When the user inputs various information (containing character information and specific selection information) by operating the input operation part 23, the CPU 21 converts the input information into packet data and then sends the packet data to the packet exchange network/PDC network 11 via the base band processing part 26 and send/receive circuit part 25. The packet exchange network/PDC network 11 sends the received packet data to the information center 15. On the other hand, the packet data information to be sent from the information center 15 via the packet exchange network/PDC network 11 is superimposed to RF signals. The signals in this state are fetched in send/receive circuit part 25 and base band processing part 26, by which the packet data are assembled into the original data format and given to the display part 24. The data that is restored to the original format is then displayed on the display part 24.

Thus, the users using the portable telephones 13A, 13B, 13C, . . . can perform sending/receiving of various information with the information center 15 that is the connection destination.

Further, by previously performing entry on a variety of contents provided by the servers 17A, 17B and 18, the users operating the portable telephones 13A, 13B, 13C, . . . can join such contents when they have access to the information center 15.

Specifically, the information center 15 fetches a variety of information from the servers 17A, 17B and 18, in response to the request from the portable telephone 13A, 13B, 13C, . . . , and sends the fetched information to the portable telephone 13A, 13B, 13C, . . . , which sent the request. The portable telephone 13A, 13B, 13C, . . . , which received the information, stores the provision information sent from the server 17A, 17B, or 18, in the memory 22 and then displays it on the display part 24. The user (player) using the portable telephone 13A, 13B, 13C, . . . can further obtain the desired information from the server 17A, 17B, or 18, by operating the input operation part 23 (e.g., the operation of selecting one of choices indicated in character which are displayed on the display part 24 as part of the provision information), while observing the provision information (containing image information and character information, etc.) displayed on the display part of the individual portable telephone 13A, 13B, 13C, . . . The result of the player's input is sent via the packet exchange network/PDC network 11 to the information center 15, and then transferred to the server 17A, 17B, or 18, by the information center 15.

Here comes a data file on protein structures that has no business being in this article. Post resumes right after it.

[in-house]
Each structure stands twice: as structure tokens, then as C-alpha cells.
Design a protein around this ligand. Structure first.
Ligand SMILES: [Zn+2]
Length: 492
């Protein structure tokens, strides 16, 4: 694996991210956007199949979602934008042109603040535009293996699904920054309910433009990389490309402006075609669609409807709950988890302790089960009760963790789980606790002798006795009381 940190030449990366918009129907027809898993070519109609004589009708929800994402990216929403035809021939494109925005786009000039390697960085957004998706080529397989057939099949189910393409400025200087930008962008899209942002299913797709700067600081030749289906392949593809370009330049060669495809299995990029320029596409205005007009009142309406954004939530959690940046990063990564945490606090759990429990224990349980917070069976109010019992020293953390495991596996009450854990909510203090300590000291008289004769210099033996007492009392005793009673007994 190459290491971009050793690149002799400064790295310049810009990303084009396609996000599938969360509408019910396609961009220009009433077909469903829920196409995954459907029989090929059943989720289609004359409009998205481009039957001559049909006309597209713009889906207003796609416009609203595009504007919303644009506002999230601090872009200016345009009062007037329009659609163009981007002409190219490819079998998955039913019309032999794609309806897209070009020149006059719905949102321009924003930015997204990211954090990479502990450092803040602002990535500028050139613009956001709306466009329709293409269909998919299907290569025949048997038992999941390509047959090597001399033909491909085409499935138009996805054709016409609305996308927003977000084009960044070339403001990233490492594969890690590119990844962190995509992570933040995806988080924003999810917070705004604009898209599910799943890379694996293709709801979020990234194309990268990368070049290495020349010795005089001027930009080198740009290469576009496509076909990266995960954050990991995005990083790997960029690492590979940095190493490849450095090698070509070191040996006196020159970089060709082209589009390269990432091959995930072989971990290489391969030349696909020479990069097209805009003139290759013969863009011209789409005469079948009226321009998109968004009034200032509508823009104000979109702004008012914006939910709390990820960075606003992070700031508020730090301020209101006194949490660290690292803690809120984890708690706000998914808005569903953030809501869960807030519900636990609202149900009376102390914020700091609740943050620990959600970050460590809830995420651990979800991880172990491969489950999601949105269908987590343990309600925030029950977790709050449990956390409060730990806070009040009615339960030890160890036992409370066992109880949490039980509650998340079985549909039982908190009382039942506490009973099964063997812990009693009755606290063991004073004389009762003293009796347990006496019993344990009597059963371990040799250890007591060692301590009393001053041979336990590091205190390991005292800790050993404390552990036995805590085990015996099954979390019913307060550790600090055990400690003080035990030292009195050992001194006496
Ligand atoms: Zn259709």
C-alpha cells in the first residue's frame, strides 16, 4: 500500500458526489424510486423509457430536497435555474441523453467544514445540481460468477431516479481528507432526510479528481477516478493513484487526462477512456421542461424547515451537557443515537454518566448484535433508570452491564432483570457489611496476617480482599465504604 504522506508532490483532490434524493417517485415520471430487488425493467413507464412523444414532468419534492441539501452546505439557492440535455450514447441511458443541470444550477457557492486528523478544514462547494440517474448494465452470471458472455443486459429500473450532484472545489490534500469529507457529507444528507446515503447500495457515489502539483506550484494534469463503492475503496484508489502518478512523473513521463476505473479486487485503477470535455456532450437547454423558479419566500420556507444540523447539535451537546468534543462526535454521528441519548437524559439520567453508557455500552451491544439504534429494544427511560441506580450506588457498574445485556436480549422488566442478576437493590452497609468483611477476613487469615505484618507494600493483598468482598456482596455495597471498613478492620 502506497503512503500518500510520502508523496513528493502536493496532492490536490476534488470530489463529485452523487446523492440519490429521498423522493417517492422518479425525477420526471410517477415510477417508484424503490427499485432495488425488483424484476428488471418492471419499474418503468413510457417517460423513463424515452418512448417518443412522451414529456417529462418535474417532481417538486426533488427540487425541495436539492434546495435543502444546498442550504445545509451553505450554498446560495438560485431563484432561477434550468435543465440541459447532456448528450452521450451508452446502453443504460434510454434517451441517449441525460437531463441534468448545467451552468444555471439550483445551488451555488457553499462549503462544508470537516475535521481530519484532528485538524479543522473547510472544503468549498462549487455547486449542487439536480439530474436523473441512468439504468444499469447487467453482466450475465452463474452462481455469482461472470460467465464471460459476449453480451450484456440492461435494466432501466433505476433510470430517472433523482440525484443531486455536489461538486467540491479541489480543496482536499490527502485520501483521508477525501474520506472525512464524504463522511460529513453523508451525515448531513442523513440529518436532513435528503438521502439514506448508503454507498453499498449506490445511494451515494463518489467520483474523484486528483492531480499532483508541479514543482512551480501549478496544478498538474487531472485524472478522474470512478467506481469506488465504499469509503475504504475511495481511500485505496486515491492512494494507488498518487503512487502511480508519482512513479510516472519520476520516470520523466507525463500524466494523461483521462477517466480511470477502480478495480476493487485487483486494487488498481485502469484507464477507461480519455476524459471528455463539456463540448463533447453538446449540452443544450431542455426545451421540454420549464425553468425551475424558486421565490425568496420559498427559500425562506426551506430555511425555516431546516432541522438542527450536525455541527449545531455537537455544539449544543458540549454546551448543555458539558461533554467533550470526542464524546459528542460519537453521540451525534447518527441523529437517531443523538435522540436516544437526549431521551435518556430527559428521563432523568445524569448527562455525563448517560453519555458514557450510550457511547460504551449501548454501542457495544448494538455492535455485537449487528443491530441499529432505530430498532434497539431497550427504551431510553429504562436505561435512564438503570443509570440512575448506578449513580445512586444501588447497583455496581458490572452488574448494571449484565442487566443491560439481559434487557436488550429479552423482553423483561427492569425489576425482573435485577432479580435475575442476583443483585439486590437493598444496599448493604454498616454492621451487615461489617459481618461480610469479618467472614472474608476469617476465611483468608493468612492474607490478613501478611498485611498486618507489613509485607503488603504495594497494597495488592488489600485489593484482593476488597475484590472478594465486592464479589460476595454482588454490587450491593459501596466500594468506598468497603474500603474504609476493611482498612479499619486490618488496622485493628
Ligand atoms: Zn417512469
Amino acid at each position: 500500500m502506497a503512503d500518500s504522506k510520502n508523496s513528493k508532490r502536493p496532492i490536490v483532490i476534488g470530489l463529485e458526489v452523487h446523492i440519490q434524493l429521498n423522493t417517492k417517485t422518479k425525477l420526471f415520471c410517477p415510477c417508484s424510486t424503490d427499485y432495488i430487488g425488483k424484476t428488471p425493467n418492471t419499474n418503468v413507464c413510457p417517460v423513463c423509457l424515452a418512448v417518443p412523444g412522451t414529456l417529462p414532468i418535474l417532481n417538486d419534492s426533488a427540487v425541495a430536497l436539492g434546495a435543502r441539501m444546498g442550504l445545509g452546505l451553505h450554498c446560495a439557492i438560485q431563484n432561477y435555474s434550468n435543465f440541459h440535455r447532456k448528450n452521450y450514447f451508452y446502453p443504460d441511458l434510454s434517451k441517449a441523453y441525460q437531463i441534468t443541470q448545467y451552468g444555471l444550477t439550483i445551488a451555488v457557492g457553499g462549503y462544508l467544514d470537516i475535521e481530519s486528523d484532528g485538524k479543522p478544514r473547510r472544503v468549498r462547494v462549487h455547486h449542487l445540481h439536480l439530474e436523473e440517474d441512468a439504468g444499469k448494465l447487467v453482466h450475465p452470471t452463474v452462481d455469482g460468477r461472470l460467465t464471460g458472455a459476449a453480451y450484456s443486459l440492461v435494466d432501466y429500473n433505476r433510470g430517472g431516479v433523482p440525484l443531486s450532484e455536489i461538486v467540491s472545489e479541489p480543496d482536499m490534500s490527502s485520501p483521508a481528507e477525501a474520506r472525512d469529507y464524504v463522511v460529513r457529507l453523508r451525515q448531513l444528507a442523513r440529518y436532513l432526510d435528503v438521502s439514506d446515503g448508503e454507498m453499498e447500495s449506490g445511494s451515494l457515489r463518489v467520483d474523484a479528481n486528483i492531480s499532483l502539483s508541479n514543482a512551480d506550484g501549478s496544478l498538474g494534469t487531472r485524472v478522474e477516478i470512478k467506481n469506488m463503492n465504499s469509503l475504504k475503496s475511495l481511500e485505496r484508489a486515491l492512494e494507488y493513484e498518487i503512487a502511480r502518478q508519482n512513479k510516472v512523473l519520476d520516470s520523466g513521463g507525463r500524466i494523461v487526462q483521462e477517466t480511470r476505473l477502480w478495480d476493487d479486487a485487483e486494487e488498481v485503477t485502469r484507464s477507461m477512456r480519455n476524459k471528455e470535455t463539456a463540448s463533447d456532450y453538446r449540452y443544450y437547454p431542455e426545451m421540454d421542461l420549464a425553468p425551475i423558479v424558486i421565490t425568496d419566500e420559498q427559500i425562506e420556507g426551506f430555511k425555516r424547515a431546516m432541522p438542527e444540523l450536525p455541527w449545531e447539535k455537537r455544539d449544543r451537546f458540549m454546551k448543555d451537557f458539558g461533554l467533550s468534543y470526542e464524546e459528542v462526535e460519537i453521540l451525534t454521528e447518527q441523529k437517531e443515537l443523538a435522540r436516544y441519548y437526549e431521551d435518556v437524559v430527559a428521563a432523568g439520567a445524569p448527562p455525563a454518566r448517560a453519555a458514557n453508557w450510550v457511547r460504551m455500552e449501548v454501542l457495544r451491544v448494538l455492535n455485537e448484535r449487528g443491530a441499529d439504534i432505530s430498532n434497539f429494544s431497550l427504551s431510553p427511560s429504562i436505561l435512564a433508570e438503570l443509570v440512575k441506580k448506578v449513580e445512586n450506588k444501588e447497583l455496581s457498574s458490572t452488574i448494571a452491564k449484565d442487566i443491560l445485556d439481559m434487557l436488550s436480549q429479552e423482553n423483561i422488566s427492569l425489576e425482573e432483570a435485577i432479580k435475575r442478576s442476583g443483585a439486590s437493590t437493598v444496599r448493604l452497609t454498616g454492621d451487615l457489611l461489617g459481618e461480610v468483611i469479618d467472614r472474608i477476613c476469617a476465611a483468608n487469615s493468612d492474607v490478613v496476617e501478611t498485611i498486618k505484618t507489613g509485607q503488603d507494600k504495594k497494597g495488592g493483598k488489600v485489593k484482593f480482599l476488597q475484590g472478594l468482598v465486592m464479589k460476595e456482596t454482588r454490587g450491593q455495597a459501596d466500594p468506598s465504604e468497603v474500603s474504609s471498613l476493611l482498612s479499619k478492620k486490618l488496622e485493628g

To a public network 51, a personal computer (hereinafter referred to as a “PC”) 53 is connectable via a modem 52. The PC 53 can access to the server 17A, 17B and 18, via the public network 51 and internet 16. That is, the PC 53 can obtain a variety of provision information from the servers 17A, 17B, and 18.

The server 18 has the same construction as the servers 17A and 17B, except that the server 18 is connected to the information center 15 via the internet 16.

Referring to FIG. 3, the server 18 has a data bus, to which is connected (i) CPU 31, (ii) memory 32, (iii) communication interface 33, and (iv) data base 34.

The CPU 31 executes a variety of processing according to a program stored in the memory 32, and an input aided program to be described later.

Specifically, the CPU 31 receives information from the portable telephones 13A, 13B, 13C, . . . , which are sent from the information center 15 via a leased line connected by the communication interface 33, and then stores the received information in the memory 32. These information contain, for example, the results of selections that the users selected from the choices presented to the users via the portable telephones 13A, 13B, 13C, . . . , in response to the provision information. That is, these information are information sent from the portable telephones 13A, 13B, 13C, . . . when these are operated by their respective users.

The CPU 31 reads out a program (containing the input support program) stored in the data base 34 to the memory 32. According to the program, the CPU 31 progresses the program based on the information indicating the result of the user's operation that is stored in the memory 32. The progress result of the program is stored in the data base 34.

In the information provision system 10 of this preferred embodiment, the servers 17A, 17B, and 18 store the provision information to the portable telephones 13A, 13B, 13C, . . . in the data base 34. In this instance, the display part 24 of each portable telephone 13A, 13B, 13C, . . . has an extremely limited display space alone in consideration of its portability. Therefore, the contents of information that is provided from the server 17A, 17B, or 18 to the each portable telephone 13A, 13B, 13C, . . . is simplified information corresponding to the display space of the display part 24.